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Postpartum Pelvic Pressure & Heaviness

Pelvic pressure postpartum can have various causes, ranging from normal postpartum changes to more serious complications. Here are some possible causes:

  • Uterine involution: After childbirth, the uterus undergoes a process called involution, where it gradually returns to its pre-pregnancy size. This process can cause sensations of pressure in the pelvic area as the uterus contracts and shrinks.
  • Perineal trauma: Tears or episiotomies during childbirth can cause discomfort and pressure in the pelvic area as they heal. This discomfort is typically temporary and improves as the tissues heal.
  • Prolapse: Pelvic organ prolapse can occur when the muscles and ligaments that support the pelvic organs weaken, causing one or more of the organs (such as the uterus, bladder, or rectum) to drop down into the vagina. This can lead to sensations of pressure or fullness in the pelvic region.This can last well past the immediate postpartum period and is best treated by a Pelvic Floor Physical or Occupational Therapist.
  • Hemorrhoids: Hemorrhoids, swollen veins in the rectal area, are common during pregnancy and can persist or worsen postpartum. They can cause discomfort, pain, and a feeling of pressure in the pelvic area.
  • Constipation: Constipation is common after childbirth, particularly if you had a cesarean section or are taking pain medication. Straining during bowel movements can increase pelvic pressure and chronic straining can lead to prolapse.
  • Engorgement: Breast engorgement, which occurs when the breasts become overfilled with milk, can cause discomfort and a feeling of fullness in the pelvic area, especially if lying down.
  • Infection: Infections such as urinary tract infections (UTIs) or pelvic infections can cause pelvic discomfort or pressure. Symptoms may include pain or burning during urination, increased frequency of urination, fever, or abnormal vaginal discharge.
  • Retained placental fragments: In some cases, fragments of the placenta or membranes may remain in the uterus after childbirth, leading to pelvic discomfort or pressure. This can sometimes be accompanied by abnormal bleeding or discharge.
  • Muscle strain: The muscles in the pelvic area may experience strain during childbirth, especially if the delivery was prolonged or if forceps or vacuum extraction were used. This can cause temporary pelvic discomfort or pressure.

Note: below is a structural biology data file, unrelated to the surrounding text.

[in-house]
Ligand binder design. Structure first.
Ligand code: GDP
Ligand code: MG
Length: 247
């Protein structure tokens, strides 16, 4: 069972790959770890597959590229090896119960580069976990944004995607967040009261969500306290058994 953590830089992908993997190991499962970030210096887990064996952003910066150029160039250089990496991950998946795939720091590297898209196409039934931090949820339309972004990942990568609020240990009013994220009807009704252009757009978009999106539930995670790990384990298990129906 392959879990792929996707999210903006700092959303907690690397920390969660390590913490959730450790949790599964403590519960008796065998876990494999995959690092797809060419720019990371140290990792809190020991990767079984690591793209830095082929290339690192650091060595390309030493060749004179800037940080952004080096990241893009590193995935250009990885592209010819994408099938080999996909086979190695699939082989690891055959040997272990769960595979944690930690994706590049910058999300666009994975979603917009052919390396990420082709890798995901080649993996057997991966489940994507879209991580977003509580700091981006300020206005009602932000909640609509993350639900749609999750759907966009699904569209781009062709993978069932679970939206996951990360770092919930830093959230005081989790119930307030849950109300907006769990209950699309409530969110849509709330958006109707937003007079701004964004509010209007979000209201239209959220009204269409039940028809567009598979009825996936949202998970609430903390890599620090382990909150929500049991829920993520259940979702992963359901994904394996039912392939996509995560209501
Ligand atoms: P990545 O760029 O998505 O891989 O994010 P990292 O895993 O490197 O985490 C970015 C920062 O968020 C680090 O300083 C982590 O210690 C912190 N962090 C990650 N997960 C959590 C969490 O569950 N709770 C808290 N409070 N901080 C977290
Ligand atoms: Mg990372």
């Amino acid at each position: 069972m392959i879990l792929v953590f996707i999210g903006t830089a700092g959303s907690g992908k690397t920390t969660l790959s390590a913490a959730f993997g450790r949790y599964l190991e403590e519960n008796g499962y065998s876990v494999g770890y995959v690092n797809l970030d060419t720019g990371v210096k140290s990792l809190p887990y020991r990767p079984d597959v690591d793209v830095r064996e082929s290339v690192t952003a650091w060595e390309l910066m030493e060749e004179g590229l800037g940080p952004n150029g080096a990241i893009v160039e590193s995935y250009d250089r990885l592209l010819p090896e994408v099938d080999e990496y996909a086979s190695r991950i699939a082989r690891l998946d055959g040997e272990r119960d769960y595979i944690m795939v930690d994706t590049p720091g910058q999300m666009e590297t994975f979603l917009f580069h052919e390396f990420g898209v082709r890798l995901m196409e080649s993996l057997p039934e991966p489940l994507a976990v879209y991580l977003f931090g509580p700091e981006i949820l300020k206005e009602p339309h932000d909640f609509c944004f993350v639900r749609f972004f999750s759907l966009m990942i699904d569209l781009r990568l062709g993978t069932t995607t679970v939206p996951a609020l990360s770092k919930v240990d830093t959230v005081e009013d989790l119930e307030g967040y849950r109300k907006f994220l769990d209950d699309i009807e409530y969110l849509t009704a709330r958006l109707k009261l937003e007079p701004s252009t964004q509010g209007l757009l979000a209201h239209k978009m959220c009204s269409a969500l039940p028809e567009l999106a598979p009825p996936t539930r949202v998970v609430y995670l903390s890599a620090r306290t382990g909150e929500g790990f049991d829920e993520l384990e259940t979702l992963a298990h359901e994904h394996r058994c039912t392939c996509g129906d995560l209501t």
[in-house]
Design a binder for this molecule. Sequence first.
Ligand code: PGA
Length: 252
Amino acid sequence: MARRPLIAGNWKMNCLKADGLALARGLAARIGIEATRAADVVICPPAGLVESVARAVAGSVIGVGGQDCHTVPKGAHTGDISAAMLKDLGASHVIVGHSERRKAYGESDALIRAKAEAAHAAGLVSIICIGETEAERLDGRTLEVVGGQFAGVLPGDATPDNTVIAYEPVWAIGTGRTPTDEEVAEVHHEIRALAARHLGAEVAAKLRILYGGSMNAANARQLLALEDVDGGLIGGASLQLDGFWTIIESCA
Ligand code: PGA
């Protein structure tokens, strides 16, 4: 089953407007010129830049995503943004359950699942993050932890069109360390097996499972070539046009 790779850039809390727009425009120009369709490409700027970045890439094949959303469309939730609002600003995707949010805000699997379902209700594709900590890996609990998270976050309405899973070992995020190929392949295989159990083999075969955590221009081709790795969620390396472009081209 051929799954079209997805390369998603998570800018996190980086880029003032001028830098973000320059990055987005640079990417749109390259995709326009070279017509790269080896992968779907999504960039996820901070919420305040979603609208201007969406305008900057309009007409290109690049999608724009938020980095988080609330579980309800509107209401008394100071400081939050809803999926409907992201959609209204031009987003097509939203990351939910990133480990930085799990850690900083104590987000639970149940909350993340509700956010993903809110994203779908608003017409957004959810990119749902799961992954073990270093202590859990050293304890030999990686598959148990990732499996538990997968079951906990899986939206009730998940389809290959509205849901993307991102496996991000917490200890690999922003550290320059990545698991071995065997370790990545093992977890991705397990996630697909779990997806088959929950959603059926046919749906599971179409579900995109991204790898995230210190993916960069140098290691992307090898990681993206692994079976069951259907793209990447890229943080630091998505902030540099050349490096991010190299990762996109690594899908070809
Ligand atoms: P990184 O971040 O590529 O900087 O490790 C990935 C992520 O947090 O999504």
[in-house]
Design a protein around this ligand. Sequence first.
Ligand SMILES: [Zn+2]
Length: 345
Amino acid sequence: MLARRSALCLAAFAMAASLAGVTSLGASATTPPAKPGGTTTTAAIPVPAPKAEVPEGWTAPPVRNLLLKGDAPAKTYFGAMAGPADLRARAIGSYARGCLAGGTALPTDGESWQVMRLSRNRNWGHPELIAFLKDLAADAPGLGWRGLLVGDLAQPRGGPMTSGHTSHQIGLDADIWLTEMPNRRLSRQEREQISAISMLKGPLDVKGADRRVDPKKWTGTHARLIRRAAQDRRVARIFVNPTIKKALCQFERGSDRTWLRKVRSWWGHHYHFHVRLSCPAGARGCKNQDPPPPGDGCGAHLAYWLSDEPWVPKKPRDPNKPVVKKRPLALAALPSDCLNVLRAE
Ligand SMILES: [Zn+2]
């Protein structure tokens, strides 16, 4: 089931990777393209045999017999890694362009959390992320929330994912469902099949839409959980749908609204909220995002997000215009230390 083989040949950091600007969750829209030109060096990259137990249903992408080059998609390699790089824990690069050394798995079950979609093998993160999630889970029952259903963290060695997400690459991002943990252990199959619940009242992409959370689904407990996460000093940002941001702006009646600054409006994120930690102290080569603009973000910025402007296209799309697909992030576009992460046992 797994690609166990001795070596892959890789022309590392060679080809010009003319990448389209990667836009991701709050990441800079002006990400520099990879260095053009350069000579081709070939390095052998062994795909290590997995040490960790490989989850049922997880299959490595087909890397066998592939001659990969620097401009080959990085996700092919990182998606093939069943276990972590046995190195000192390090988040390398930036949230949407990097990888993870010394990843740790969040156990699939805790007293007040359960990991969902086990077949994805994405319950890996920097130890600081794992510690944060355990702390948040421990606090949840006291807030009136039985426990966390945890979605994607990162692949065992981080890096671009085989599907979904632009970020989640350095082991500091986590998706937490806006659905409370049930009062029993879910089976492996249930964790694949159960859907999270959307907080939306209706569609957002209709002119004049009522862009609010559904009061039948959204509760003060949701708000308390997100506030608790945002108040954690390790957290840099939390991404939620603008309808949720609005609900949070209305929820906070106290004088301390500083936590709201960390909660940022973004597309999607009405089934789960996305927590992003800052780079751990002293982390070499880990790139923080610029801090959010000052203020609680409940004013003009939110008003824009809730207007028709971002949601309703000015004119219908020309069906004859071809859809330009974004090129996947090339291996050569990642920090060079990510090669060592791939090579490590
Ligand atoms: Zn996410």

Pelvic floor therapy can be highly effective in addressing pelvic pressure postpartum. Here’s how pelvic floor therapy can help:

  • Assessment: A pelvic floor physical or occupational therapist will conduct a thorough assessment to evaluate the strength, flexibility, and coordination of your pelvic floor muscles. They will also assess any other contributing factors such as posture, muscle imbalances, or scar tissue from childbirth.
  • Pelvic floor exercises: Pelvic floor therapy typically includes exercises to strengthen and improve the function of the pelvic floor muscles. This may include pelvic floor contraction and relaxation techniques to help release tension in the pelvic floor muscles.
  • Education: Pelvic floor  therapists educate patients about pelvic anatomy, proper toileting techniques, and strategies to optimize pelvic floor function. They may also provide guidance on posture, body mechanics, and breathing techniques to support pelvic floor health.
  • Manual therapy: Hands-on techniques such as soft tissue massage, myofascial release, and trigger point therapy may be used to address muscle tension, scar tissue, or other sources of pelvic discomfort.
  • Biofeedback: Biofeedback techniques can help you learn to better control and coordinate your pelvic floor muscles by providing real-time feedback about muscle activity.
  • Behavioral modifications: Pelvic floor therapists may recommend lifestyle modifications to reduce pelvic pressure, such as avoiding heavy lifting, improving bowel habits, and managing constipation.
  • Progressive exercises: As you progress in your pelvic floor therapy program, your therapist may introduce more challenging exercises to further strengthen and stabilize the pelvic floor muscles.
  • Collaborative care: Pelvic floor therapists often work closely with other healthcare providers, such as obstetricians/gynecologists, urologists, and colorectal specialists, to ensure comprehensive care and address any underlying medical conditions contributing to pelvic pressure.

It’s important to seek guidance from a qualified pelvic floor therapist who can tailor a treatment plan to your specific needs and goals. With consistent effort and guidance, pelvic floor therapy can help alleviate pelvic pressure postpartum and improve overall pelvic floor function and comfort.

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